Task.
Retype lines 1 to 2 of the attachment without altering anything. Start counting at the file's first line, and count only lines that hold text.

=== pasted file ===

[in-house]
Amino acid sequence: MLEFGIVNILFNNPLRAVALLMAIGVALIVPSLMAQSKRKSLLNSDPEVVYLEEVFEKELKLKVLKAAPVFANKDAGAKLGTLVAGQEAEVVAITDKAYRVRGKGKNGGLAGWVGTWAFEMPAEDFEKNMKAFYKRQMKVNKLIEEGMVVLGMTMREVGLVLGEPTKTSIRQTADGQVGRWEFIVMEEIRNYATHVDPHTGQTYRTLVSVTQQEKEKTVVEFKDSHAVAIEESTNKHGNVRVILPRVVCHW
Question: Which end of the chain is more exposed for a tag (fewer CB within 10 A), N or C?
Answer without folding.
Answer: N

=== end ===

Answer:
[in-house]
Amino acid sequence: MLEFGIVNILFNNPLRAVALLMAIGVALIVPSLMAQSKRKSLLNSDPEVVYLEEVFEKELKLKVLKAAPVFANKDAGAKLGTLVAGQEAEVVAITDKAYRVRGKGKNGGLAGWVGTWAFEMPAEDFEKNMKAFYKRQMKVNKLIEEGMVVLGMTMREVGLVLGEPTKTSIRQTADGQVGRWEFIVMEEIRNYATHVDPHTGQTYRTLVSVTQQEKEKTVVEFKDSHAVAIEESTNKHGNVRVILPRVVCHW